- The Washington Times - Tuesday, October 27, 2020

Democratic nominee Joseph R. Biden is closing out the 2020 presidential race the same way he started it, framing his showdown with President Trump as a “battle for the soul of the nation” and making the case that “character is on the ballot.”

Eighteen months ago, the former vice president entered the race warning that eight more years of Mr. Trump “will forever and fundamentally alter the character of this nation,” and he’s extolling that same message during the final week of campaigning.

“Time and again throughout our history we have seen charlatans, con men, phony populists who sought to play on our fears, appeal to our worst appetites, and pick at the oldest scabs we have for their own political gain,” Mr. Biden said during a campaign Tuesday in Georgia. “Pope Francis warns us against this phony populism that appeals to ‘the basest and the most selfish instincts.’”

Mr. Biden said by contrast he is running to “unite this nation and to heal this nation.”

“God and history have called us to this moment and this mission,” he said. “With our voices and our votes we must free us from the forces of darkness, the forces of division and the forces of yesterday, and the forces that pull us apart hold us down, and hold us back.”

Mr. Biden and the Democrats are making Mr. Trump play defense in Georgia.

His late-in-the-game visit shows the Biden camp and his allies feel he is within striking distance of carrying the reliably red state for the first time since 1992 when Bill Clinton emerged victoriously.

Mr. Biden’s message, according to the polls, is registering with those voters who have soured on the unconventional and combative approach to politics that has defined much of Mr. Trump’s first term in office and made him so popular among his followers.

Compared to four years ago, Mr. Biden lead has been more stable than Hillary Clinton and there are far fewer undecided and third-party voters.

In Georgia, the Real Clear Politics average of polls shows Mr. Trump and Mr. Biden running neck-and-neck.

David Johnson, a Georgia-based GOP strategist, said Mr. Biden has been “very smart” to stick with the same basic message throughout the campaign.

“He realizes this is a referendum on Trump — and when I say a referendum on Trump, it is not Trump’s policies, it is Trump’s personality,” Mr. Johnson said. “If you took away Trump from the race and put a generic Republican with Trump’s policies in, it wouldn’t even be a race. The Republican would be beating Biden.”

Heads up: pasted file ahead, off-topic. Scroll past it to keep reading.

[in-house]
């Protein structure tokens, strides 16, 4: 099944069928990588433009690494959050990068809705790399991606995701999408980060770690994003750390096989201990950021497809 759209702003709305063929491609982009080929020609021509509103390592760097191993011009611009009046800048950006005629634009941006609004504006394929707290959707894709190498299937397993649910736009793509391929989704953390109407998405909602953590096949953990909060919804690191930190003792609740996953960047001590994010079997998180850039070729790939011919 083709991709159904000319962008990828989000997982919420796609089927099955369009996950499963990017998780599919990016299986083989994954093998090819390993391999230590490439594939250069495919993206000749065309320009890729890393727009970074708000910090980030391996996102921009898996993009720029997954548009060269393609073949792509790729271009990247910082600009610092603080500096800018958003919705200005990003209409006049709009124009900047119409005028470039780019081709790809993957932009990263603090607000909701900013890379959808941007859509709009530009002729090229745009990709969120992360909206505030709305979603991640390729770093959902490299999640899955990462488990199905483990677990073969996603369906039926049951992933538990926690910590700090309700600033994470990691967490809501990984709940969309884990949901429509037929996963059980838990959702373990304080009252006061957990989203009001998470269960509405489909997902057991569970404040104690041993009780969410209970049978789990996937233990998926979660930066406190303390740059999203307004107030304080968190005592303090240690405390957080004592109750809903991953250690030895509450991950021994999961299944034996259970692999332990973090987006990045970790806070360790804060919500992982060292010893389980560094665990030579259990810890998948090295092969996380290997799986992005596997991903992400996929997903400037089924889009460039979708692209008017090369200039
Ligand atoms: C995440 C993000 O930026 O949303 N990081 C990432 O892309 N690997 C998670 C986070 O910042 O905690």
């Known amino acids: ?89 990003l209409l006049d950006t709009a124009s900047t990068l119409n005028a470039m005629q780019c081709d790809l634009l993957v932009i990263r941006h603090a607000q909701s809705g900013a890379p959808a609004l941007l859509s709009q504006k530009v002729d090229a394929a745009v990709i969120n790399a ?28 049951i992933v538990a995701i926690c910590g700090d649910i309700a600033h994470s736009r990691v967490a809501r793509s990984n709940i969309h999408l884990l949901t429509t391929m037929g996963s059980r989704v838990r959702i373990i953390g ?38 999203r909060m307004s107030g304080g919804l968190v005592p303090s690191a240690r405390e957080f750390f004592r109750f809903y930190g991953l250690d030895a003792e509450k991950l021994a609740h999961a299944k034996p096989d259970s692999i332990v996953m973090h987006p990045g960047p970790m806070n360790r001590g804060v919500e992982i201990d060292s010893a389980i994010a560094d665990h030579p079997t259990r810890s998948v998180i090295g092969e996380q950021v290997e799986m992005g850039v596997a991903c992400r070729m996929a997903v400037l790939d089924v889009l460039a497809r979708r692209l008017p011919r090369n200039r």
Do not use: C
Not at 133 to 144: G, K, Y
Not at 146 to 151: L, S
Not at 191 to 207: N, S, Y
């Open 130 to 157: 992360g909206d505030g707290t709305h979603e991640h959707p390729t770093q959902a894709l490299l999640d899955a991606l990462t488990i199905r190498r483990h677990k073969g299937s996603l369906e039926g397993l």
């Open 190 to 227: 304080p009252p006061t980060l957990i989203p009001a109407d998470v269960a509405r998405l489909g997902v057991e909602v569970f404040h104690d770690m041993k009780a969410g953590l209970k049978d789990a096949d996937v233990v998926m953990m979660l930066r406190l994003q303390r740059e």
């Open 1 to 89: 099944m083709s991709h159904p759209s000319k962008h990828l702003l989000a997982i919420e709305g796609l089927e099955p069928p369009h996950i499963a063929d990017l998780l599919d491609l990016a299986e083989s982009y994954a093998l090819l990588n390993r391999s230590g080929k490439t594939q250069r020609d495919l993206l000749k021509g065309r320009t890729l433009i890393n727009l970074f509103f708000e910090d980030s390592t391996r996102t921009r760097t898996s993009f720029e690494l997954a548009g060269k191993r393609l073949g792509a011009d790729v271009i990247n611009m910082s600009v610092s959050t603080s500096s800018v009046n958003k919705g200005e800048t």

“The problem is that it all comes down to Trump’s personality,” he said. “That is what is driving voters to Biden right now, and Biden’s people know that.”

That perhaps explains why Mr. Biden has kept a relatively thin schedule and is signaling he has no problem with Mr. Trump soaking up most of the attention over the homestretch of the race.

Mr. Trump has embraced the limelight, racing between the battleground states as part of last push to energize voters and remind them that he has — and will continue to — be a battering ram against the status quo in Washington.

The Republican held three rallies Monday in Pennsylvania and was following that up Tuesday with three more stops in Michigan, Wisconsin and Nebraska.

Mr. Biden, meanwhile, was slated to be in Georgia, where he tried to put Mr. Trump on his heels by dumping $5.6 million in ads over the closing month of the campaign, according to advertising analytics.

Mr. Trump has spent $4.4 million on ads over the same period of time. The Trump Victory Pac, a joint venture with the Republican National Committee, also has spent nearly $1.3 million.

The Biden campaign released a series of new ads Tuesday, including a national ad in which Mr. Biden delivers his final plea.

“This is our opportunity to leave the dark angry politics of the past four years behind us — to choose hope over fear, unity over division, science over fiction,” Mr. Biden says in a new national television ad that began running Tuesday. “I believe it is time to unite the country and come together as a nation, but I can’t do it without you so I am asking for your vote.”

Mr. Johnson said he sees the contest in Georgia as a jump ball.

“We are seeing a surge in Black female voters and they vote heavily Democrat,” he said. “The rural areas, however, are super strong for Trump and enthusiastically so. I think right now it is anybody’s call.”

• Seth McLaughlin can be reached at smclaughlin@washingtontimes.com.

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